The homing endonucleases are a collection of enzymes encoded either as freestanding genes located within introns (intervening noncoding sequence in protein-coding genes), as fusions with host proteins, or as self-splicing inteins (sequences within proteins that splice themselves out after translation). They cut genomic DNA within the cells that synthesize them at target sites. Repair of the cut DNA by the host cell frequently results in the gene encoding the homing endonuclease being copied into the cleavage site, hence the term 'homing' to describe the movement of these genes. Homing endonucleases can thereby transmit their genes horizontally within a host population, increasing their frequency more rapidly than classical Mendelian genes [7, 8].

Homing endonuclease (HEN) recognize target sequences of 15 to 40 bp long. Generally, owing to the homing mechanism, the gene encoding the endonuclease is located within the recognition sequence which the enzyme cuts, thus interrupting the homing endonuclease recognition sequence and limiting DNA cutting only to sites that do not (yet) carry the HEN. However, target recognition is not completely specific, and off target cleavage and integration has been known at least since the 1990s.

The I-Ppol homing endonuclease used in the construction of the sex distorter transgenic mosquitoes [1, 2] was originally isolated from the slime mould Physarum polycephalum. It is a member of the His-Cys box family found in myxomycetes and amoebae. The His-Cys box protein motif consists of two conserved histidine and three conserved cysteine residues within a 30 residue region of protein. These conserved His and Cys residues appear to contribute to a Zn2+-binding motif and to the endonuclease active site. The I-Ppol target site of 15 bp and cleavage position is as follows [9]. The cleavage at TTAA leaves a 4 nucleotide overhang at the cut ends.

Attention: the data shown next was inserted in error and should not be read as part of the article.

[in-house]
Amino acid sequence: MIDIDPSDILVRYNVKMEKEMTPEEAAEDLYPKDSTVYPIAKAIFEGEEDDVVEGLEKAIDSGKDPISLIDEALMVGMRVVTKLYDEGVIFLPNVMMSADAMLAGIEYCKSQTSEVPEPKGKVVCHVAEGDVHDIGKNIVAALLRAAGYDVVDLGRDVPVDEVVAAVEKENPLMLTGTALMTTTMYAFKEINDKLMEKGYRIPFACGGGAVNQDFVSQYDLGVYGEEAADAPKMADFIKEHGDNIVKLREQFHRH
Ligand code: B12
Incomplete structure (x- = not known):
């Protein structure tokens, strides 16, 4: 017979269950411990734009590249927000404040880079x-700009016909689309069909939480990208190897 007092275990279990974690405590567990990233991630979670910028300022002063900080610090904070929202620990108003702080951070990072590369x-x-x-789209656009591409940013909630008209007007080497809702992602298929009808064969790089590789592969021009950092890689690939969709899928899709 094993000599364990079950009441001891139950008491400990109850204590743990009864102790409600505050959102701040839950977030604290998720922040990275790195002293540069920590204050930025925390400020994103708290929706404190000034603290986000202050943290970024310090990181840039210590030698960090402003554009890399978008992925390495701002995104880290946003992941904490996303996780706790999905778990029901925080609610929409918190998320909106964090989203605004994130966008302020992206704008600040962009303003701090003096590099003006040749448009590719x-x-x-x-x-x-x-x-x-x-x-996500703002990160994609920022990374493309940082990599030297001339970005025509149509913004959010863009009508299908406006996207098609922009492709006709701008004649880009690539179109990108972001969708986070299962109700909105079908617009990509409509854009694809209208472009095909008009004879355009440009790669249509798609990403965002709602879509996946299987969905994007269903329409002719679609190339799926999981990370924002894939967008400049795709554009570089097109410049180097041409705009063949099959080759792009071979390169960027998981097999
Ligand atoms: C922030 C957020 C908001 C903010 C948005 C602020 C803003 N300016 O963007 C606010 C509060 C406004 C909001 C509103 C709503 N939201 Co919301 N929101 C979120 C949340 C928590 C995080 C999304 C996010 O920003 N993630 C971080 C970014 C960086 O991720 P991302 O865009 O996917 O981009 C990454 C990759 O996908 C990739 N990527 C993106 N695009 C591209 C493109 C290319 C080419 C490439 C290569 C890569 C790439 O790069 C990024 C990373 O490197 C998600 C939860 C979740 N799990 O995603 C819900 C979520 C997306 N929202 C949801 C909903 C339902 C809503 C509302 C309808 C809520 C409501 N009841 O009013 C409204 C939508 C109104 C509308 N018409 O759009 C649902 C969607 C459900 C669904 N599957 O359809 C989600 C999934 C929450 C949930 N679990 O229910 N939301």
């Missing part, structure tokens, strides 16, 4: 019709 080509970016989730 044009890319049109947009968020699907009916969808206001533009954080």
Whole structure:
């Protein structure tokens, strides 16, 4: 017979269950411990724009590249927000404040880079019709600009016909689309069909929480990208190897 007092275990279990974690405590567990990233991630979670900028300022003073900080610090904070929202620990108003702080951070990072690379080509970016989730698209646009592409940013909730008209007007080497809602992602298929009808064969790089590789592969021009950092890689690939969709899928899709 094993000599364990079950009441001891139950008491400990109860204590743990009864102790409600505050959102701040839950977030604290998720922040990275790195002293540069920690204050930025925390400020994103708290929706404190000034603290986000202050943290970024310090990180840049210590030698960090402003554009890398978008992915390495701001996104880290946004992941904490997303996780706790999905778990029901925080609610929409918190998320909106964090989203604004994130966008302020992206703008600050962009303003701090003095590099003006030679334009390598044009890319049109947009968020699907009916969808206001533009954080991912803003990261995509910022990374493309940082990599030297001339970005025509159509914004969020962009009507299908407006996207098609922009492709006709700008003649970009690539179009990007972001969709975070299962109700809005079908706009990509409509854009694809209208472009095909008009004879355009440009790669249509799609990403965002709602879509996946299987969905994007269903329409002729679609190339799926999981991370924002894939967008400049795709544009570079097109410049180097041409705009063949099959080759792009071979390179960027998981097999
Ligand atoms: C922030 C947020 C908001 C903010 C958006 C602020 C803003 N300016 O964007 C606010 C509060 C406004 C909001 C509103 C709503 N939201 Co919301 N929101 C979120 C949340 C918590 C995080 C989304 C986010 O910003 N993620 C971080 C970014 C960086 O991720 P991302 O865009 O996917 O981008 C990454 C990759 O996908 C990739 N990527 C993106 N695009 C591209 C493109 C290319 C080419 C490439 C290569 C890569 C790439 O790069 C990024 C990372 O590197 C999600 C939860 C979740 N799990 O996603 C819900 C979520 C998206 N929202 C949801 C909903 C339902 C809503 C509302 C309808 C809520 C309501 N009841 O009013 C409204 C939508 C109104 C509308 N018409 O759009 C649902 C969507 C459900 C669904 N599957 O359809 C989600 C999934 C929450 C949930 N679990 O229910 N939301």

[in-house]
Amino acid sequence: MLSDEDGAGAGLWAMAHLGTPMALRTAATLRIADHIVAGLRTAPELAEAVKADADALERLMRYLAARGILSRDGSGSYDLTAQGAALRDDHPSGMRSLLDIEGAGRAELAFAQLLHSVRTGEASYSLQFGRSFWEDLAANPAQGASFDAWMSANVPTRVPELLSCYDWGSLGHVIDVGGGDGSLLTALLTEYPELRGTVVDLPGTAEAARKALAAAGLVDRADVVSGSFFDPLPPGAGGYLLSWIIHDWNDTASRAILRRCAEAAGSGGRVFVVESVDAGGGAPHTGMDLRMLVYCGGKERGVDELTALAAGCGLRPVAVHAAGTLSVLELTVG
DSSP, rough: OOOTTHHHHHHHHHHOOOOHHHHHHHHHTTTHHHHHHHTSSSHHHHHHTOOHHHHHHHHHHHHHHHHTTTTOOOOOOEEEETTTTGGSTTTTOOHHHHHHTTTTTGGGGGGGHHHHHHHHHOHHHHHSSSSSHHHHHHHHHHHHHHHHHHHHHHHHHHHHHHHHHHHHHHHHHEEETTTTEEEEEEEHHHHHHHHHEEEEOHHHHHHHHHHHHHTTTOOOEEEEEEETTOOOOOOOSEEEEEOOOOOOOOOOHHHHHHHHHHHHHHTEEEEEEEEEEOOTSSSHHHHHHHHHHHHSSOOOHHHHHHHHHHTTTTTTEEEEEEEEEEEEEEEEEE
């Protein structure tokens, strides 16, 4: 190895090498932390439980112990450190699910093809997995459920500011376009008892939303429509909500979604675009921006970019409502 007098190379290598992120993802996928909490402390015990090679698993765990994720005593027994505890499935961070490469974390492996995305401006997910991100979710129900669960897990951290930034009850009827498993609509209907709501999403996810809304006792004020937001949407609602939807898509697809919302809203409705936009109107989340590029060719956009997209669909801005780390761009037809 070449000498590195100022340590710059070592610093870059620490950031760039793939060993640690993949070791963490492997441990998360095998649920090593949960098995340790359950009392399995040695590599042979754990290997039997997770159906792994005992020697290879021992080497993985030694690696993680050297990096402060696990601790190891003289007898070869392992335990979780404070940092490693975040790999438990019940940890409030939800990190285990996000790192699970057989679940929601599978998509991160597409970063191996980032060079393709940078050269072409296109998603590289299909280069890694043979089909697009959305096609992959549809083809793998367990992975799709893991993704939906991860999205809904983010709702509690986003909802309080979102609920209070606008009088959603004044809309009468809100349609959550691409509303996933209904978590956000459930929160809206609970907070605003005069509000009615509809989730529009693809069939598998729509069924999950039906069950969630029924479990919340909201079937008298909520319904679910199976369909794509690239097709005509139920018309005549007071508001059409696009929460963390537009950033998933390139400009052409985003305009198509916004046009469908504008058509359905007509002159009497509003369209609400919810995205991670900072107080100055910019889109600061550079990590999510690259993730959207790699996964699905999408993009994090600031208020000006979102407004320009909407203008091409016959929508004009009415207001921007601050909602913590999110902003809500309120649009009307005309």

However, a substantial degree of degeneracy of the target sequence appeared to be tolerated, as demonstrated in a study in which partially randomized cleavage sites were created by mutagenesis [9]. Not only that, multiple target sites exist in all eukaryote genomes.

Target sites ubiquitous in all eukaryote species including humans

The native I-PpoI target site is by no means exclusive to the mosquito X-chromosome, it is actually present in multiples copies in the highly conserved 28S ribosome RNA (rRNA) genes of all eukaryotes species including humans, and currently being deployed in gene therapy experiments [10]. Each diploid human cell has about 600 copies of the rRNA genes in five clusters located to the short arms of chromosomes 13, 14, 15, 21, and 22. On account of the multitude of rRNA genes and the presence of possibly inert spacers between the gene repeats, the rDNA is considered an appealing safe haven for transgene integration. A team of researchers in Finland have created an HIV-1 integrase-1 PpoI fusion protein in order to guide the integration of an HIV viral vector into the rDNA [10].

The team also carried out a study on cytotoxicity of the construct. Although a genome-wide interaction study found that the IN-fusion PpoI proteins bind to their target sequence containing 28 S rRNA genes with 100-fold enrichment compared to controls, there was significant off-target binding to non-rRNA gene sites, and considerable cytotoxicity for all human cell lines tested from the double-stranded breaks in DNA produced by the I-PpoI endonuclease [11]. The researchers put a positive gloss on the findings by noting that the construct was more toxic to cancer than normal cells, and suggesting that the endonuclease could be used for cancer therapy.